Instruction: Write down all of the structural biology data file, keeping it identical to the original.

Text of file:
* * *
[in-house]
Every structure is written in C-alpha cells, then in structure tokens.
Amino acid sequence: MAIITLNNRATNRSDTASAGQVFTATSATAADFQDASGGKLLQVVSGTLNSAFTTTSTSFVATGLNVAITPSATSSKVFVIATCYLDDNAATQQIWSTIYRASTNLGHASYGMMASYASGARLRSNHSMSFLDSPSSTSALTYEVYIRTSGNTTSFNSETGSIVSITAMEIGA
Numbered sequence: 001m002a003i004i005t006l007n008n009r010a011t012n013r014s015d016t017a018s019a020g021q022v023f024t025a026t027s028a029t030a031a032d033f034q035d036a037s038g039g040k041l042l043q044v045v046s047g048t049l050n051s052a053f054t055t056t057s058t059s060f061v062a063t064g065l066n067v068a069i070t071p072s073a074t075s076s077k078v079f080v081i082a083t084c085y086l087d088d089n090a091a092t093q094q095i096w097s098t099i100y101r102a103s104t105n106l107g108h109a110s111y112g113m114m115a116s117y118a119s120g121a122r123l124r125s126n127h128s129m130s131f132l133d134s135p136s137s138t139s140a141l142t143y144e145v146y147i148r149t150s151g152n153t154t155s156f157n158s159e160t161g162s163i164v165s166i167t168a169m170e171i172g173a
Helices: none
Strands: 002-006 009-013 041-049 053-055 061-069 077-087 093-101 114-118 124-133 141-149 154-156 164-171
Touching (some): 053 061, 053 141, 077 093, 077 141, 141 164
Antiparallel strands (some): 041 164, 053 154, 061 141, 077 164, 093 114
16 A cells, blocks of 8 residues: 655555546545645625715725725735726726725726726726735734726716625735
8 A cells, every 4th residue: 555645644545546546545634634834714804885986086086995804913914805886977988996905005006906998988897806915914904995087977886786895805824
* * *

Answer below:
[in-house]
Every structure is written in C-alpha cells, then in structure tokens.
Amino acid sequence: MAIITLNNRATNRSDTASAGQVFTATSATAADFQDASGGKLLQVVSGTLNSAFTTTSTSFVATGLNVAITPSATSSKVFVIATCYLDDNAATQQIWSTIYRASTNLGHASYGMMASYASGARLRSNHSMSFLDSPSSTSALTYEVYIRTSGNTTSFNSETGSIVSITAMEIGA
Numbered sequence: 001m002a003i004i005t006l007n008n009r010a011t012n013r014s015d016t017a018s019a020g021q022v023f024t025a026t027s028a029t030a031a032d033f034q035d036a037s038g039g040k041l042l043q044v045v046s047g048t049l050n051s052a053f054t055t056t057s058t059s060f061v062a063t064g065l066n067v068a069i070t071p072s073a074t075s076s077k078v079f080v081i082a083t084c085y086l087d088d089n090a091a092t093q094q095i096w097s098t099i100y101r102a103s104t105n106l107g108h109a110s111y112g113m114m115a116s117y118a119s120g121a122r123l124r125s126n127h128s129m130s131f132l133d134s135p136s137s138t139s140a141l142t143y144e145v146y147i148r149t150s151g152n153t154t155s156f157n158s159e160t161g162s163i164v165s166i167t168a169m170e171i172g173a
Helices: none
Strands: 002-006 009-013 041-049 053-055 061-069 077-087 093-101 114-118 124-133 141-149 154-156 164-171
Touching (some): 053 061, 053 141, 077 093, 077 141, 141 164
Antiparallel strands (some): 041 164, 053 154, 061 141, 077 164, 093 114
16 A cells, blocks of 8 residues: 655555546545645625715725725735726726725726726726735734726716625735
8 A cells, every 4th residue: 555645644545546546545634634834714804885986086086995804913914805886977988996905005006906998988897806915914904995087977886786895805824